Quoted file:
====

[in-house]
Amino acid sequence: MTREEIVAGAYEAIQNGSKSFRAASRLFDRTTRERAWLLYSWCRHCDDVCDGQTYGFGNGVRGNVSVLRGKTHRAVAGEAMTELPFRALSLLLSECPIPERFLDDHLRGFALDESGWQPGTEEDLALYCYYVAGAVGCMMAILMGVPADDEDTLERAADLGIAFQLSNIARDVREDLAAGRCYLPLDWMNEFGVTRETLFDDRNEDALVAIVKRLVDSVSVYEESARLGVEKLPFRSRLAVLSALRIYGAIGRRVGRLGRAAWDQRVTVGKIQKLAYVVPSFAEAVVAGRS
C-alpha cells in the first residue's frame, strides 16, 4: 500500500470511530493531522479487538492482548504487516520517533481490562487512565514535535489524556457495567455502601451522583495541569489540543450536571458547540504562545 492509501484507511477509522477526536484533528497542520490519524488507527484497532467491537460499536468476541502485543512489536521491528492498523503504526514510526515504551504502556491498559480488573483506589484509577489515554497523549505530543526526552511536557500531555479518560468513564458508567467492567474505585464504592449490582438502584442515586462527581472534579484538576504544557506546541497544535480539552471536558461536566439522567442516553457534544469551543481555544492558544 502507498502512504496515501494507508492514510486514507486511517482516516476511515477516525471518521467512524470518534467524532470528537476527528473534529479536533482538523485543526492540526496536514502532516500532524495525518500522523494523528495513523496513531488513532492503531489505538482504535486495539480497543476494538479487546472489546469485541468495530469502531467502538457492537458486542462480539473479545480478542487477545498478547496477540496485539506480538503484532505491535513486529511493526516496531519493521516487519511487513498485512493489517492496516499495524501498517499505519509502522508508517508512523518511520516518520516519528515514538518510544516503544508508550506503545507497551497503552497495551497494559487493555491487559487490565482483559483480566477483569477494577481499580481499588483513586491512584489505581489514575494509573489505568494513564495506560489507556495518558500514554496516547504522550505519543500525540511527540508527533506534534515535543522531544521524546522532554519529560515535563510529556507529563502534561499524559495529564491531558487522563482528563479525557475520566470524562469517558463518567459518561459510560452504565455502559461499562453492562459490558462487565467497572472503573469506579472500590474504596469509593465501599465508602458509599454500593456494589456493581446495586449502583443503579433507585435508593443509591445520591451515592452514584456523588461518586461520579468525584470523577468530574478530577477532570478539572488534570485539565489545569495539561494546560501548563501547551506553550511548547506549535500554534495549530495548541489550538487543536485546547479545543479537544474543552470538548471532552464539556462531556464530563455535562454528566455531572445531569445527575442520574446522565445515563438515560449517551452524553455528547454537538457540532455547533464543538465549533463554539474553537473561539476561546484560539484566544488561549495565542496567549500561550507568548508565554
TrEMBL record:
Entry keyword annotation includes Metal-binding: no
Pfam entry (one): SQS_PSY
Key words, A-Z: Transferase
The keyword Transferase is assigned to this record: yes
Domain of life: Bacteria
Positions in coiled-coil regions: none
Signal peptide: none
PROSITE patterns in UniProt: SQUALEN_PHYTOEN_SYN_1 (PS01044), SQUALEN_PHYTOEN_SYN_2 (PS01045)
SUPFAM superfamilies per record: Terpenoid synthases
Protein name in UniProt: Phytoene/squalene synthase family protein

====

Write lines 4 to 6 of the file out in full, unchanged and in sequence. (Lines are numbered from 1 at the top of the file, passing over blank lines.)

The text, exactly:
TrEMBL record:
Entry keyword annotation includes Metal-binding: no
Pfam entry (one): SQS_PSY